This is a lighter, more buttery, less floral oolong than the oolongs I usually drink. It’s good! My mouth waters in between sips, prompting me to drink more. I’m already at the bottom of the cup, so I’m off to make a second infusion for 2.5 minutes. The leaves are fully open, large, green, unbroken leaves, some even still attached to 2-inch long stems. I don’t know how they rolled such a giant, sturdy stem into those tiny little balls that came out of the package. Surprisingly, this cup isn’t more flavorful than the first, as is usually the case with oolongs. I definitely liked that first cup better. I’m going to steep the third cup for a full 5 minutes because it’s getting late and it will likely be my last this evening.
By the way, for anyone who’s interested, video game javelinas are strong as shit. The blood stains on the ground confirm it. Death is a common occurrence in the Dark Souls games. To put this into perspective, there have been 1,905,148 deaths worldwide since this game was released less than 24 hours ago.
Back to the tea. This third cup tastes a little metallic, like licking a penny. Is this what people call mineral notes? It’s not bad, but I don’t think I’m a fan of minerals. I prefer buttery, vegetal, and floral notes. Overall, this is a delicious tea. It’s definitely not like the other oolongs I’ve had, so that’s exciting. I enjoy trying new things. Big thanks to Teavivre for providing this free sample! Y’all are always so generous. There were a surprisingly large number of samples in that deceivingly small box. ;)
I’ll leave you with my husband’s last comment as he waltzed up to the first boss in the game. It was a tree giant with a hole where its face should have been. My husband said, “It’s an asshole monster. He’s gonna’ shit all over me.” Then he proceeded to rape it. Victory achieved on his first try.
Tea #9 from Considering a new TTB
I’ve tried TeaVivre’s Peach Jasmine Dragon Pearls, they’re one of my favorite summertime teas, but haven’t had a chance to try the unflavored variety before. I love floral teas and this tea is no exception, it manages to be heavily floral without edging into the soapy range. As with the other teas from TeaVivre I’ve tried, the quality is exceptional, I’ve already steeped this three times and could likely keep going for several more. This was exactly what I needed after two teas in a row that I didn’t care for.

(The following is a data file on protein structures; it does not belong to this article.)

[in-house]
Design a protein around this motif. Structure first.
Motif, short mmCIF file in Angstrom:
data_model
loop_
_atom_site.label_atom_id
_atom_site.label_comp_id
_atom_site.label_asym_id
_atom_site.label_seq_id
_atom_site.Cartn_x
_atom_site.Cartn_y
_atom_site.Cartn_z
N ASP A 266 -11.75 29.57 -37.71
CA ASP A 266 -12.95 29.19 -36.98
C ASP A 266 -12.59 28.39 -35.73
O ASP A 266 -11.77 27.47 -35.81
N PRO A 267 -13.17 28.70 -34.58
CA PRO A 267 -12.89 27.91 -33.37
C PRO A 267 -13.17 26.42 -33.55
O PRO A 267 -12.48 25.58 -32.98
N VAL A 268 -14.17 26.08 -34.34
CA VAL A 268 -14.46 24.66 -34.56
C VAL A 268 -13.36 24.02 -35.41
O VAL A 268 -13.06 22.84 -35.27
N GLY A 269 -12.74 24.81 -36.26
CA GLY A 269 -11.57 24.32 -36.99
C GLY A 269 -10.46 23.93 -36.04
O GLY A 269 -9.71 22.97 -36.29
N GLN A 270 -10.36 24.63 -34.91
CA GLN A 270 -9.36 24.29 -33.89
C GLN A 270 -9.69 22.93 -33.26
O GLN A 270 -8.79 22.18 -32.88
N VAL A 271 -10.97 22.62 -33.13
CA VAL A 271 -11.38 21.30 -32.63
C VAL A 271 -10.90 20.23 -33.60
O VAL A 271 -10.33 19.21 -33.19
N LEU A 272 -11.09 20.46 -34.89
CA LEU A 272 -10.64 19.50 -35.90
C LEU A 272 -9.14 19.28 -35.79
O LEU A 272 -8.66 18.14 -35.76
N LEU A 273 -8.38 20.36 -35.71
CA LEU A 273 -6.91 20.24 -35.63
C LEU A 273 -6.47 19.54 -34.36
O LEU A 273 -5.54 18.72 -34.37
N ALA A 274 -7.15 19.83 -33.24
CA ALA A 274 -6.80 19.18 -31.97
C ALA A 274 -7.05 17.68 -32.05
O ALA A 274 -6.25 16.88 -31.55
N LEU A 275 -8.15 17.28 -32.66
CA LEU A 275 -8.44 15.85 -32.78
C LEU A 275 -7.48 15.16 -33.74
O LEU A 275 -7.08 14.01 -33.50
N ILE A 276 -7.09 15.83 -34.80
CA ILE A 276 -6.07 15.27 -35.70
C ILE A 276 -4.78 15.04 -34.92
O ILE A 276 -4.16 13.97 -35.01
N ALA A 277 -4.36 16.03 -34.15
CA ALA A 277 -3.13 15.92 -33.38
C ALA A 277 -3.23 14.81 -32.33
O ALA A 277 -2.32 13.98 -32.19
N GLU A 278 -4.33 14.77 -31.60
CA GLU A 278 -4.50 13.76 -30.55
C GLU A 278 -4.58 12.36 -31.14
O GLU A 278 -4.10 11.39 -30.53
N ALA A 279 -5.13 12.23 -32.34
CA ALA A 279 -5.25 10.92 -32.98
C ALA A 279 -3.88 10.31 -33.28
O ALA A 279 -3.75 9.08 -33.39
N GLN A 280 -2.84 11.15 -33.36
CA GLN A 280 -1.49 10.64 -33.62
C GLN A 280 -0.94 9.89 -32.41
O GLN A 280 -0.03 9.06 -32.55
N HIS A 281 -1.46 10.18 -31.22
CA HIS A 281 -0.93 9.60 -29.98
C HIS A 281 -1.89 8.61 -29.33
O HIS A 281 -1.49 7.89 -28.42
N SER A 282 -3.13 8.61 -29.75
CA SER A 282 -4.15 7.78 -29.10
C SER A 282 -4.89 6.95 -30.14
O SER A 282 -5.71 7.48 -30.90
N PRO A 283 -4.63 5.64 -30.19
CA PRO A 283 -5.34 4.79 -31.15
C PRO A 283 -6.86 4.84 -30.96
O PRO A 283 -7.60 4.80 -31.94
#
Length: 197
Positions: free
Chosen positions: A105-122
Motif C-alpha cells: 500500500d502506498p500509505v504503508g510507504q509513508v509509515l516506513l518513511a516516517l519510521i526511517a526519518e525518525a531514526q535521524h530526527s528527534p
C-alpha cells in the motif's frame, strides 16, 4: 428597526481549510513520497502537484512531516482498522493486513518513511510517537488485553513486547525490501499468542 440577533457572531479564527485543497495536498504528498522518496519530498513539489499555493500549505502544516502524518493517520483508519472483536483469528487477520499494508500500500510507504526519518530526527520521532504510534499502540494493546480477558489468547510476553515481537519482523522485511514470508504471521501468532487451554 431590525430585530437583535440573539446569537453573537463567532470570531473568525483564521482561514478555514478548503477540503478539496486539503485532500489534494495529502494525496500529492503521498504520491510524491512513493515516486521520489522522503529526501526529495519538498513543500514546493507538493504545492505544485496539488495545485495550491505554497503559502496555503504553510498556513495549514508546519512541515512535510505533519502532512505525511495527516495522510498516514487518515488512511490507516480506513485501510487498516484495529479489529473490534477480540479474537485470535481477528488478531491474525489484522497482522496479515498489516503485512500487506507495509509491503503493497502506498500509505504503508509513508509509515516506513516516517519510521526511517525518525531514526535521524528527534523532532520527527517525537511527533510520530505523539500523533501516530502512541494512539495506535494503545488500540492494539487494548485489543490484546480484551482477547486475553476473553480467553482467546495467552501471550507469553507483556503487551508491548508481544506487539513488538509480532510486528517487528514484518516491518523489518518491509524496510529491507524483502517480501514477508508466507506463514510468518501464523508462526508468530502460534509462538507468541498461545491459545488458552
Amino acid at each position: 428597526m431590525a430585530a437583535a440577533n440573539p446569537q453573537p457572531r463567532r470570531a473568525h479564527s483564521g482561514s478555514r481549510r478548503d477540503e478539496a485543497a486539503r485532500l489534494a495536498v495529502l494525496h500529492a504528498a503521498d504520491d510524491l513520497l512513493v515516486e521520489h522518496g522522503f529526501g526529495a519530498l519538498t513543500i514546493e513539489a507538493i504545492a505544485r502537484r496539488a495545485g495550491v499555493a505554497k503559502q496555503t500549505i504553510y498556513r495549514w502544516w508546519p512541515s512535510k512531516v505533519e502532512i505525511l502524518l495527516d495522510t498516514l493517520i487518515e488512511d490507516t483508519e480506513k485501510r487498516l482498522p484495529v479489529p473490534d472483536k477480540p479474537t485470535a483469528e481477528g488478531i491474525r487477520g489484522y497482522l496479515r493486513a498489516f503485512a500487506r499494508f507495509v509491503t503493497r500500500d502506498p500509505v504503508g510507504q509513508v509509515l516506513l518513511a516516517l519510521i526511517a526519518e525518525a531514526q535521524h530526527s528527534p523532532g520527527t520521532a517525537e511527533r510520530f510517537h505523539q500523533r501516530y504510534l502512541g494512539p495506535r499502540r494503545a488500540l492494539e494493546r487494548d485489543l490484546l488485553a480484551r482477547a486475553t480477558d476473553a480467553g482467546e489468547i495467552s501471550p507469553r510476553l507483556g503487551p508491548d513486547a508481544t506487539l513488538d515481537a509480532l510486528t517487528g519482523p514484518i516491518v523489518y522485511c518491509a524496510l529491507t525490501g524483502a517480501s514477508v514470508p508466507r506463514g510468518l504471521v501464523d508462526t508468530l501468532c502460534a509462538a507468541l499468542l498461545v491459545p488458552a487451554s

This tea will not be continuing on, there was only a sample size in the box.
A sample of this was included with my black Friday order. I am just getting around to opening it. I had this a long time ago and recall liking it but not being as wowed by it as others at the time. One thing I notice today is the recommended steep time for western brewing is 5 – 10 minutes. That sounds excessive but maybe it needs it?
I first catch a spicy note like cinnamon that melts into malt. Just past the malt it becomes nutty/woodsy then gets a brisk little bite. The aftertaste has just enough astringent briskness to catch my interest. I can’t think of another Chinese black that has this element. Better than I remember.
And another thank you to Angel and Teavivre for this sample!
I really enjoyed the last Pu-erh sample from Teavivre so I was very much looking forward to taking this one around the block. I don’t think I’ve met a Pu-erh that I haven’t liked so far.
When I opened the sample packet, a typical leathery Pu-erh smell materialized. I steeped the dark cakes and pieces at 212 degrees for eight minutes (Teavivre recommends 3 to 10 minutes for the first steeping).
The color of the brewed liquor was a dark chocolate brown. The aroma was surprisingly mild but common for Pu-erh.
The flavor of this tea was quite robust and contained the full-blown leathery Pu-erh taste attributes that I personally find delicious. The taste was smooth, consistent, and vigorous throughout the cup. Although eight minutes of steeping does give you a strong cup of tea, I did not detect any bitterness whatsoever. The aftertaste was also surprisingly mild and cordial.
This is a tasty and very fine Pu-erh selection. It has everything that I look for in my favorite teas:
savory, robust, and consistent flavor
Normally, if I were asked to sum up this beverage in one word, I’d say, “Bravo!” But, since this is Chinese tea, I’ll say 精彩
I let this steep too long cuz there was a shiny thing, but it is still pretty good. The taste is slightly astringent from the oversteep, but the rest of the taste is hard to describe. I’ve never had a persimmon, so I can’t compare.